ISSN: 1391 - 0531
Sunday, June 03, 2007
Vol. 42 - No 01

Pradeep shares his experience of working from home for a US company via internet

By Ayesha Inoon

Would you leave a regular nine to five job, with a steady income, and choose to take a chance on a different sort of enterprise, which may or may not succeed?

Pradeep Bemmulla is someone who has taken that risk — and prospered. Tired of the stresses and monotony that are often part of the corporate world, he chose to break away and explore the possibilities of what is becoming an increasingly popular work-option worldwide — internet-based home-working and outsourcing.

“Working from home is now a trend in many countries,” says this 37-year-old MBA graduate, who has held many posts from being a banker to a software consultant. Almost all the jobs required long hours, and he hardly spent any time with his wife and two young daughters. “I desperately wanted to be able to do that,” he explains, and it just wasn't happening. What if he were able to make the same income from home?

Pradeep: Clicked the tiny link to success

He had always been intrigued by the many possibilities offered by the internet. “I must have spent hours surfing, looking for opportunities, and sent out thousands of emails before finally something clicked,” he says. It was a tiny link, at the bottom of a website, advertising for home-workers in India that led to his present career.

The US firm that outsourced back-office work, mainly to India, asked him to be present for an online interview at 4 a.m. The job — sorting their email — required no financial investment or previous experience.

The following week, Pradeep quit his job as personal assistant to the chairman of a reputed company, and, with his single computer and ADSL line, started on his new job. The company trained him online, and within a few weeks he had established a comfortable routine. “My time was my own — I fixed my schedule in such a way that I was able to spend time with the kids after school.”

Working from home also meant that the time and money spent commuting was saved.
There was plenty of work to do and his employers suggested that he start outsourcing it to others. Setting up a small office in the garage of his house, Pradeep decided to expand further. He now has eight people working for him all from their own homes. They mainly keep in touch through instant messaging services such as MSN, ICQ and Gmail, which also reduces communication costs.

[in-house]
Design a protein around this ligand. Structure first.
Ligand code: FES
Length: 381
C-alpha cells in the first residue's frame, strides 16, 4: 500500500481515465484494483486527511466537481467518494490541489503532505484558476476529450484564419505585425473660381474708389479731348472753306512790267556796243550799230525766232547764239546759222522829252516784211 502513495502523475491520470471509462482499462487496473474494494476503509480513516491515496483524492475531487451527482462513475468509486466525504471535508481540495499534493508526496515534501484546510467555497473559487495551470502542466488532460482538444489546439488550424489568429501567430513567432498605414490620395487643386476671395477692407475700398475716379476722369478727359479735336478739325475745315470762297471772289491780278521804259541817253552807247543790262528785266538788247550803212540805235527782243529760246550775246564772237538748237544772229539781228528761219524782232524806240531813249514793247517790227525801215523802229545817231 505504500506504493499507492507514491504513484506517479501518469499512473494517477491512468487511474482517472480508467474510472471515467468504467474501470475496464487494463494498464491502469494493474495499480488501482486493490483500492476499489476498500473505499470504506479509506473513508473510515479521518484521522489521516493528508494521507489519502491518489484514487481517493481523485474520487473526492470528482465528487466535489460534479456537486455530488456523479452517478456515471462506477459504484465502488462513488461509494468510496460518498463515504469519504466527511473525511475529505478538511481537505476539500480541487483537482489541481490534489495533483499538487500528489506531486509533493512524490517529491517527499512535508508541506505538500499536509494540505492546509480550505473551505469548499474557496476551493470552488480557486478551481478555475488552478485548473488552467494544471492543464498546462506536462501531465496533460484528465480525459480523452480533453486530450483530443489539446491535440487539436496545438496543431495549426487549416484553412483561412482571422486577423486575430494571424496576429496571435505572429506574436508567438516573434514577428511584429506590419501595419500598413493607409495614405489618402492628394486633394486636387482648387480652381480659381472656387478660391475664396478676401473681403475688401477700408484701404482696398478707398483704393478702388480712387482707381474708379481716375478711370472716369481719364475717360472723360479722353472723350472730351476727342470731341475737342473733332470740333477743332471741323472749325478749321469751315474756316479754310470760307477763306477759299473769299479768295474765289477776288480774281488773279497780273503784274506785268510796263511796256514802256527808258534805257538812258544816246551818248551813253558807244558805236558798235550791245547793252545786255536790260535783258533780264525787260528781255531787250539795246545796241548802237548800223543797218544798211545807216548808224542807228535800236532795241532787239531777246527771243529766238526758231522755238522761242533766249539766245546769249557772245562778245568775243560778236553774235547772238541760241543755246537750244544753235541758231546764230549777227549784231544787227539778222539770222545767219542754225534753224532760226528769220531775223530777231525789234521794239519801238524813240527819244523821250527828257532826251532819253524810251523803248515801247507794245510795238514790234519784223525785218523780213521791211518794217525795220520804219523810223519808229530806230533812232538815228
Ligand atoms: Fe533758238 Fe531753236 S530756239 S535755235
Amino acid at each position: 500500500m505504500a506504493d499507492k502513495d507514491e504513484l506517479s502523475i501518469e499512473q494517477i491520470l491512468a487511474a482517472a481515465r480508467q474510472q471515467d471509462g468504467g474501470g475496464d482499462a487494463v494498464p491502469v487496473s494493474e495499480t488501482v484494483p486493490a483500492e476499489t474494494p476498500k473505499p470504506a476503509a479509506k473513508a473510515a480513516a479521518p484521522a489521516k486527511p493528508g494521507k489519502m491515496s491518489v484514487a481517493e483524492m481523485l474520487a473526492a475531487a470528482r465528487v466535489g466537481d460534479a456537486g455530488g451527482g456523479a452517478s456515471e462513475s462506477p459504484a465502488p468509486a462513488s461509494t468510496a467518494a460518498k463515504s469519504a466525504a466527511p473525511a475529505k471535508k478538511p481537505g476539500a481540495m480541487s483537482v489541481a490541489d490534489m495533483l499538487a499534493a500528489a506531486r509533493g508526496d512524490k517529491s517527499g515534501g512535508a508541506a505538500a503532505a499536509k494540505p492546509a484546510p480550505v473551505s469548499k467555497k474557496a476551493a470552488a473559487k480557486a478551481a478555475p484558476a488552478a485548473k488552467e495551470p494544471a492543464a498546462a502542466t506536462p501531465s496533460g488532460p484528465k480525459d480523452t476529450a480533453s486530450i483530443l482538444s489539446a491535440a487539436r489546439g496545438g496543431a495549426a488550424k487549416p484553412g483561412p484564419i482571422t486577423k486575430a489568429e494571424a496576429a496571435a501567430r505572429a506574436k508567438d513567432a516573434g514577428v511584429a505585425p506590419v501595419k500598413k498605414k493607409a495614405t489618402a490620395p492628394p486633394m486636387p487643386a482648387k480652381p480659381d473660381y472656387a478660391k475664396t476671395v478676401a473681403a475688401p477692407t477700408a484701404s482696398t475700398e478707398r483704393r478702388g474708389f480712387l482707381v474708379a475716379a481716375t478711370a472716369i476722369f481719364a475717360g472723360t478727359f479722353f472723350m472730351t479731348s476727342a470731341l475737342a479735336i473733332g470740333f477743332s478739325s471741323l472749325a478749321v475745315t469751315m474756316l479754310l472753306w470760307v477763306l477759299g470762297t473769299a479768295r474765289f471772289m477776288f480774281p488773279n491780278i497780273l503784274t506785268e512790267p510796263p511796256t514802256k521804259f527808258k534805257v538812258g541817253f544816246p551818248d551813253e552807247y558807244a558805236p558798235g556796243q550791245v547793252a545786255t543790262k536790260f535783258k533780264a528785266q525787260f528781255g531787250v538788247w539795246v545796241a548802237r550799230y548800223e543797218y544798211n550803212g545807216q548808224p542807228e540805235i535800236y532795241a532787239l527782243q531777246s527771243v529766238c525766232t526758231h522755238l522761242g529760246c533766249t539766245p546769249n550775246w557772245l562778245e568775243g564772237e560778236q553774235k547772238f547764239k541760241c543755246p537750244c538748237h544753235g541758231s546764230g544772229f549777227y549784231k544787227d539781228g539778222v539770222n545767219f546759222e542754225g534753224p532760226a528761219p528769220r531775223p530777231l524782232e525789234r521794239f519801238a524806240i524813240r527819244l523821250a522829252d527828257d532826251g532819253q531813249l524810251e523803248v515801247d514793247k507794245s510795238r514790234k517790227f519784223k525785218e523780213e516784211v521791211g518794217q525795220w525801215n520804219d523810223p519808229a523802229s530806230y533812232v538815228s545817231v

The work they do includes writing, word processing, data entry, internet research and transcribing from audio files. “The work is quite easy, and we may do as much or as little as we wish,” says Dileesha Bulathsinhala, a housewife, who does internet research for Pradeep. While enjoying the freedom to be at home with her six-month-old child, she feels that she will never feel compelled to go back to an office environment. “Even the income we get from this is quite sufficient,” she says.

“My goal is to provide employment for professional stay-at-home mothers,” says Pradeep, adding that the potential for internet home-working in our country is tremendous. Many European countries and the United States are now choosing to outsource such work to Asian countries. In India, this has already become very popular — Sri Lankans are still unaware of these opportunities, he says. “Anyone can do what I did, but they have to be willing to take a risk — a calculated one.”

Want to work from home?

  • Never pay for the chance to work from home. Genuine employers will rarely require any investment on your part. Do your research first and be wary of fraudulent websites and online services which advertise work from home opportunities. Always read the fine print and check whether the organisation is legitimate before signing up.
  • Stick to a schedule. While working at home means greater independence and flexibility, it also requires a level of self-discipline, motivation and organisation. Create a realistic schedule each week, and do what it takes to stick to it. This includes building in breaks for lunch, personal calls, emails, and other brief intervals from your work just as you'd have in a traditional office setting.
  • Create a dedicated work space. Select a quiet space where you can work uninterrupted.
  • Obtain good resources — a reliable computer, high-speed internet access and a mobile phone will help with your productivity.
  • Working from home may be the ideal solution for those who are seeking a way to balance their work and family lives. Yet, personality is a key factor, and it may not suit everyone. If you are the kind of person who loves the everyday social contact with colleagues or working in a team, then this may not be for you.
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Copyright 2007 Wijeya Newspapers Ltd.Colombo. Sri Lanka.